January 05, 2006
Architectural models place condos in the palm of your hand
Who among us can’t look back upon their childhood with reticent nostalgia, remembering hours and cumulative days and weeks spent engrossed by the magical world of miniatures? Whether your mini toy of choice was a Lego set, a dollhouse, a platoon of little green army men, or a diorama revealing untold worlds of mystery and adventure, tiny objects at one time or another probably held your attention in a very big way.
Whether your mini toy of choice was a Lego set, a dollhouse, a platoon of little green army men, or a diorama revealing untold worlds of mystery and adventure, tiny objects at one time or another probably held your attention in a very big way. And if you’re like me, you never really outgrew the fascination.
Well, let your inner child jump for joy. Perfectly legitimate and grown-up opportunities to take a walk down mini memory lane exist all over Calgary, found in the sales centres of the city’s booming condo market.
Handmade, to-scale models are the sales tool of choice for today’s condo developers. It’s becoming increasingly unusual to walk in to a sales centre and not find at least one of these magnificent replicas. And although admiring them may stir up carefree memories of youth, the time and effort that goes in to building architectural models is anything but child’s play.
In fact, model making is big business – while researching this article, an unconfirmed price tag of $50,000 passed one industry insider’s lips. Accurate or not, if that figure falls even somewhere in ballpark of the actual average price, it begs the question: how can something so small cost so much?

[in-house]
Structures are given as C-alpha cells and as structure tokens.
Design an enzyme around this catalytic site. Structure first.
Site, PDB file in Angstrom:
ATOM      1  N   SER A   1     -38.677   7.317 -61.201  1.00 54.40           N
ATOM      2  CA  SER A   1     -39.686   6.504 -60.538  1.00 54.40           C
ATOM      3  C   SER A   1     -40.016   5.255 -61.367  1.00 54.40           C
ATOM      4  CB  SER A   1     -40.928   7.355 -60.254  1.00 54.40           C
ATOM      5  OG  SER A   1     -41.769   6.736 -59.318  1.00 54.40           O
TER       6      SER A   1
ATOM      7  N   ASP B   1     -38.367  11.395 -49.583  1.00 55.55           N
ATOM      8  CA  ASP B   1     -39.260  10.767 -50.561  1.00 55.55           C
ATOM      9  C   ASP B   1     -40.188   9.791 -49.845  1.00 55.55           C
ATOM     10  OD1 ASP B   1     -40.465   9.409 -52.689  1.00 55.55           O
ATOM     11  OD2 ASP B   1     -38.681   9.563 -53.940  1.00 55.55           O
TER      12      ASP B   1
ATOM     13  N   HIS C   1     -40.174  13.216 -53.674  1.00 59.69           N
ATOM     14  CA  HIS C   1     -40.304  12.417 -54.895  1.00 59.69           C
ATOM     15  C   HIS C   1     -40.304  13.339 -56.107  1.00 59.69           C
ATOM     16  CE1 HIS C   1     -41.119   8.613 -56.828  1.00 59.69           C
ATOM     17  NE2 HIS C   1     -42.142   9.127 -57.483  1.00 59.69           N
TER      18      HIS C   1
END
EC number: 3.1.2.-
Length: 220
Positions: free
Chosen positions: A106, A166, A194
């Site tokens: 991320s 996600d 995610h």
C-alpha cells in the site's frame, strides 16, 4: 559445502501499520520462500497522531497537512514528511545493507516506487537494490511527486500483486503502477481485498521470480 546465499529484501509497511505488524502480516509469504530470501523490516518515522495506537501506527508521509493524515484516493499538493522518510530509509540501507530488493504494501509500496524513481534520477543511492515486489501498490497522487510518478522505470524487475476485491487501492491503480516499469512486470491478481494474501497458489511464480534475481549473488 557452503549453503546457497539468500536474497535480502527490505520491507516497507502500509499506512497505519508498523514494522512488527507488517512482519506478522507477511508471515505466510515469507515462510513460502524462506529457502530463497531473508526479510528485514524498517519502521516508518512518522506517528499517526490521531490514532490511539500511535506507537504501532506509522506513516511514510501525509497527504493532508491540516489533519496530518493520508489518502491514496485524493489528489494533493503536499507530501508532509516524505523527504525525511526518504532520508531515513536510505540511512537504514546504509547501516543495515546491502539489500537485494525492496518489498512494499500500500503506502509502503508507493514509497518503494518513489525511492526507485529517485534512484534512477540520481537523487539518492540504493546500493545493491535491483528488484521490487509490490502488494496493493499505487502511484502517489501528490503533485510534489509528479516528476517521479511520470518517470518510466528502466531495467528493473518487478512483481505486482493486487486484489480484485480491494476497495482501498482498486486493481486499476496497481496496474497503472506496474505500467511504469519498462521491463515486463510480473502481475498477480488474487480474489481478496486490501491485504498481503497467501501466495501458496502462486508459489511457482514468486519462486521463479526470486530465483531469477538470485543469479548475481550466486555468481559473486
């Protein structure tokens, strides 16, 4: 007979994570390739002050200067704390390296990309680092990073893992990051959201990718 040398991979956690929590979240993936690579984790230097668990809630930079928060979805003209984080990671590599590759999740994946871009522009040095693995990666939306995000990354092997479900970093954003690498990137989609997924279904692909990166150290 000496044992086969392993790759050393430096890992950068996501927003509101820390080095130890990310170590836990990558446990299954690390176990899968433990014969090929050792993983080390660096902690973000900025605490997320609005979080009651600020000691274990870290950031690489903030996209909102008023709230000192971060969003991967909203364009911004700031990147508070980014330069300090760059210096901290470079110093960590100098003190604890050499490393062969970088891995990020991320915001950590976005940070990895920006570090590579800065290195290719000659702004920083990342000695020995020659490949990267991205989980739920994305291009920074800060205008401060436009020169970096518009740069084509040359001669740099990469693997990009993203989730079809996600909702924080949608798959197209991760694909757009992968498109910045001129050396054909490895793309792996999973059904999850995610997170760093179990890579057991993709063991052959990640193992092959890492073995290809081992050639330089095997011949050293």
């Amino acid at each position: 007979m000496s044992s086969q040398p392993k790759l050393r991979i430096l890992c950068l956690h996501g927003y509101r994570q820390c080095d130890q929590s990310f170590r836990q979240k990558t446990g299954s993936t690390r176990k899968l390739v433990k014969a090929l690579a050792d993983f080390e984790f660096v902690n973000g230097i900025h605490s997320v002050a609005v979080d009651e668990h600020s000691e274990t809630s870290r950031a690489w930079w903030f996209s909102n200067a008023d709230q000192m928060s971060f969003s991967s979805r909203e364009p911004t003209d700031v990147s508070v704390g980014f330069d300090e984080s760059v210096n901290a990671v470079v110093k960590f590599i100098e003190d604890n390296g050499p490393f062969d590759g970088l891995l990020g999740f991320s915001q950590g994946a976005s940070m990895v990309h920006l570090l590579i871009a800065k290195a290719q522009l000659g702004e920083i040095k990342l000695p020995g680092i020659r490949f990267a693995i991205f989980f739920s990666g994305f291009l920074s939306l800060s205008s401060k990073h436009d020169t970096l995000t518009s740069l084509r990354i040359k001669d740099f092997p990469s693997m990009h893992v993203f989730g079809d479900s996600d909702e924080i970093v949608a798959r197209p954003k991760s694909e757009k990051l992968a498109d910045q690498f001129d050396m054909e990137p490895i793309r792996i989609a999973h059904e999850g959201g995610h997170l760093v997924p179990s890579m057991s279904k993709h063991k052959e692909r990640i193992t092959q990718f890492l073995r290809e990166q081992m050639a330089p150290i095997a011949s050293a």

Well, for starters, the labour intensive hours upon hours that go into any given model are enough to make even the most disciplined professionals weak in the knees. The team at Replicate Design Inc. put in no less than 2,200 hours painstakingly creating miniature versions of the 10th and 24th floors of The Montana – midtown’s new 27-story development set to break ground in 2006. The results are nothing short of amazing. Each of the 11 suites represented is so complete (right down to miniature bed linens and bathroom fixtures) you almost wish you could shrink yourself down and move right on in.
“It really is a labour of love,” says Felix Rooke, Production Director at Replicate Design. “More than anything it’s an artistic endeavor. A lot of creativity and imagination goes into what we do, right alongside the very technical elements.”
The process of model making begins as a correspondence between the model makers and the development’s architects and interior designers. First, the physical blueprints for the development, along with the project’s 3D CAD (computer aided design) files are sent to the makers for analysis. These complex files are broken down into what are known as “cut files” – individual physical elements that will eventually make up the model’s framework. “We spend countless hours breaking files down,” says Paul Hern, Design Director at Replicate Design, and resident computer expert. “There’s usually a lot of late nights involved.” A typical tower model can have anywhere from 500 to 1,000 individual parts that must be cut, first two-dimensionally, then glued together to create a three-dimensional piece.